The Dream in F. Scott Fitzgerald’s The Great Gatsby Essay

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The Dream and The Great Gatsby

The story of America is an exciting one, filled with swift evolution and an amazing energy unprecedented in world history. In America's short existence, it has progressed from a small collection of European rebels to the economically dominant nation that it is today. Mixed up in the provocative reputation of America is the celebrated ideal of the American Dream, the fantasy of complete independence and self-reliance mixed with the opportunity to attain wealth through one's labors. On the surface, this reverie seems almost enchanted, offering people the unprecedented prospect of achieving success regardless of one's race, religion, or family history. The American Dream is exactly what it appears to
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He is surrounded by wealth, coming from a "prominent, well-to-do" family and living within the "consoling proximity of millionaires" (7, 10). Besides this prominent admiration of money, Nick is also impressed with the American quality of independence, conceding that "almost any exhibition of complete self sufficiency draws a stunned tribute" from him (13). These first few confessions illustrate the atmosphere of the entire novel, an environment in which extravagance was popular and social goals were aimed at achieving wealth and mastering one's identity.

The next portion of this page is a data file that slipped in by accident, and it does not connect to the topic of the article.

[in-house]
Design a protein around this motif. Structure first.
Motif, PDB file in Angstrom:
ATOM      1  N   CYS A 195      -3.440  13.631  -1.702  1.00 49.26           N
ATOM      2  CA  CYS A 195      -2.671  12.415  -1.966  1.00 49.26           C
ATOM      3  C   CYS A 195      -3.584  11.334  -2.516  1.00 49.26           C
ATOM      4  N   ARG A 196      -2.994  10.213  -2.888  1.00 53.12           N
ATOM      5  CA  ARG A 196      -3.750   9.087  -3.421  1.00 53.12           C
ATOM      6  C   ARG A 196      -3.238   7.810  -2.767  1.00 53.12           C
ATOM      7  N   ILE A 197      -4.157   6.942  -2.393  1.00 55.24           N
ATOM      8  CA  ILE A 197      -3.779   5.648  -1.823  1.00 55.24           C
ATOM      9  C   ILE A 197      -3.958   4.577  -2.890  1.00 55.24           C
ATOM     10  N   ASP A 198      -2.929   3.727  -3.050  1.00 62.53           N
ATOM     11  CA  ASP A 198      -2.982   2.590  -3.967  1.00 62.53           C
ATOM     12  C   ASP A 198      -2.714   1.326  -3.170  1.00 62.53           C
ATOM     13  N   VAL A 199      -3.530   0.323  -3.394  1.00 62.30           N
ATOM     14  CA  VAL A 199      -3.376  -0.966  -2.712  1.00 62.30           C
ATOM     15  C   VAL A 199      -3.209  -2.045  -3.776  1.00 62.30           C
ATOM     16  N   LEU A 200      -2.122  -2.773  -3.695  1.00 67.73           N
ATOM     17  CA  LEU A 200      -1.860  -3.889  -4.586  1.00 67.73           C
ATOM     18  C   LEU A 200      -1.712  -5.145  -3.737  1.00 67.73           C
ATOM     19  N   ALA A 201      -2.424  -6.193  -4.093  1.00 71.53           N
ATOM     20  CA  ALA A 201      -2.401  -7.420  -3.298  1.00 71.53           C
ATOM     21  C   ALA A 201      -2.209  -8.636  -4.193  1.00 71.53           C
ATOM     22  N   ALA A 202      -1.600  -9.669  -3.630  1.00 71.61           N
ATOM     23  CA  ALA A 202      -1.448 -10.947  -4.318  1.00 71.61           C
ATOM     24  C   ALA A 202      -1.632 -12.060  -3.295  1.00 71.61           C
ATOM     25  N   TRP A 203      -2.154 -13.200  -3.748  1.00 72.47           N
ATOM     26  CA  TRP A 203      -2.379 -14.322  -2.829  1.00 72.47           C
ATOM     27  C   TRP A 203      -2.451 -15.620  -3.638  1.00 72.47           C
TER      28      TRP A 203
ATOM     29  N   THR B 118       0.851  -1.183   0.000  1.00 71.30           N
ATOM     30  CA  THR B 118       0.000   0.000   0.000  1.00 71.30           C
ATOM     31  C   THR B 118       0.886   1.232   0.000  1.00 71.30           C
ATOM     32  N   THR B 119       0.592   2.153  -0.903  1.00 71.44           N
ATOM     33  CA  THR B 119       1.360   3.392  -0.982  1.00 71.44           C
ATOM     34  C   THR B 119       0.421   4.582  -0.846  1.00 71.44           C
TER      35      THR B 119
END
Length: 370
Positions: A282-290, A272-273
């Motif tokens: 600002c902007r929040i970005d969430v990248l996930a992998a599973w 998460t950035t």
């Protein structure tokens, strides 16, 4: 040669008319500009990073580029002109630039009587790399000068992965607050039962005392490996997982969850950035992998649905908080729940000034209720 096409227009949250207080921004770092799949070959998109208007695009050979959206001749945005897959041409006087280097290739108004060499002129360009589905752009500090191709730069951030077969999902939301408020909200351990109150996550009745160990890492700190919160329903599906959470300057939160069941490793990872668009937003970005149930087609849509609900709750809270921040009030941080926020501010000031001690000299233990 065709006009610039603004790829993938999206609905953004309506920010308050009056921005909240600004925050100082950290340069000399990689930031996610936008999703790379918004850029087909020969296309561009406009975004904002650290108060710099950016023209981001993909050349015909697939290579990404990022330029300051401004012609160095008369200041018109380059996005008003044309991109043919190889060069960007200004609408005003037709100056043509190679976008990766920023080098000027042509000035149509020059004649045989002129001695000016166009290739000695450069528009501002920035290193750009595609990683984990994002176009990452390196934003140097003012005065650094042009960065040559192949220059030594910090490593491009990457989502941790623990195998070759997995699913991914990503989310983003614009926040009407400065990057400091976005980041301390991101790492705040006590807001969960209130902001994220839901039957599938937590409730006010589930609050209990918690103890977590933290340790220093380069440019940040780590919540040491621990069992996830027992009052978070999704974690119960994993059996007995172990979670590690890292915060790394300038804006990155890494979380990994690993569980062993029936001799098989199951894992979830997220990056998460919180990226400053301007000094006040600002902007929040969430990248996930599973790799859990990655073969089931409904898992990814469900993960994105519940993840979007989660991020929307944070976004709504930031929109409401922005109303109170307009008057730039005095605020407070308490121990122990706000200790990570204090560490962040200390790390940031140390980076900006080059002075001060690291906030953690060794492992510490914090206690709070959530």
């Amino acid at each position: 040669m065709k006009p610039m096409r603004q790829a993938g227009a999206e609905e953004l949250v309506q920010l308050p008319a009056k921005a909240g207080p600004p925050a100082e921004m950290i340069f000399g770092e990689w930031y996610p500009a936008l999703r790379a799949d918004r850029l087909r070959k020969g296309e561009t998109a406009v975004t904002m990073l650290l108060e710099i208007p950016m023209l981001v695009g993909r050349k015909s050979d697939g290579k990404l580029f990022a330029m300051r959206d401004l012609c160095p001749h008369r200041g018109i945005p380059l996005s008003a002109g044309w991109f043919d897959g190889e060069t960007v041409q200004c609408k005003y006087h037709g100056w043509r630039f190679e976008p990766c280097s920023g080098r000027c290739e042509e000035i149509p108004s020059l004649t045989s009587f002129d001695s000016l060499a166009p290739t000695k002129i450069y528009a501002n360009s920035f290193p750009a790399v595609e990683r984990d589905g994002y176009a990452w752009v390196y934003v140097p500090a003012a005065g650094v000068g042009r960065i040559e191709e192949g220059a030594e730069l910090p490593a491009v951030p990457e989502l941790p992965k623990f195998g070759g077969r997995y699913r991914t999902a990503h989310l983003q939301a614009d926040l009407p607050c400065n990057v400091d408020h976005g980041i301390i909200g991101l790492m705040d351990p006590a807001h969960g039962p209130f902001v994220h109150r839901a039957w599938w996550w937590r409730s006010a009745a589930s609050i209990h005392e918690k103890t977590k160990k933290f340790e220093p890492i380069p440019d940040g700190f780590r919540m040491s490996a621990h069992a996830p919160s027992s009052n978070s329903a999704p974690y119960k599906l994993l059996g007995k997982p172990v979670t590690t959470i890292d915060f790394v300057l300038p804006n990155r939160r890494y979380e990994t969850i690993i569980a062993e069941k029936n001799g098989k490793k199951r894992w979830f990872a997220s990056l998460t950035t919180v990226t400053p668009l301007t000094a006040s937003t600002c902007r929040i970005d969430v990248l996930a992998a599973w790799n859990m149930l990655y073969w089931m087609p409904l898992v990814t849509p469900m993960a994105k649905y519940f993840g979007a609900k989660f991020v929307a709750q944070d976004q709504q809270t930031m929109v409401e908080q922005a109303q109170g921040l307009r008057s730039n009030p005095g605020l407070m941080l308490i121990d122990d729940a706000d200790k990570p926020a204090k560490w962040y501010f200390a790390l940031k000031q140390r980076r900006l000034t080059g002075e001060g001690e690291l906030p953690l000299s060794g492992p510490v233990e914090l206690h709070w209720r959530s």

It is clear that in the beginning, Nick is aware of the presence of the American Dream, or at least the presence of intense ambition in his friends and family. While Nick initially seems to be inexperienced with the idea of the Dream, Gatsby is an expert. Having been born to a poor agrarian household, Gatsby successfully escaped poverty and the fate of his parents. Without any noticeably extraordinary abilities, Gatsby was able to acquire millions of dollars and achieve widespread fame in the matter of a few years. Along with the riches came the opportunity for a reinvention of his identity, which he voraciously exploited; "the truth was that Jay Gatsby, of West Egg, Long Island, sprang from his Platonic conception of himself" (104).

The financial success of
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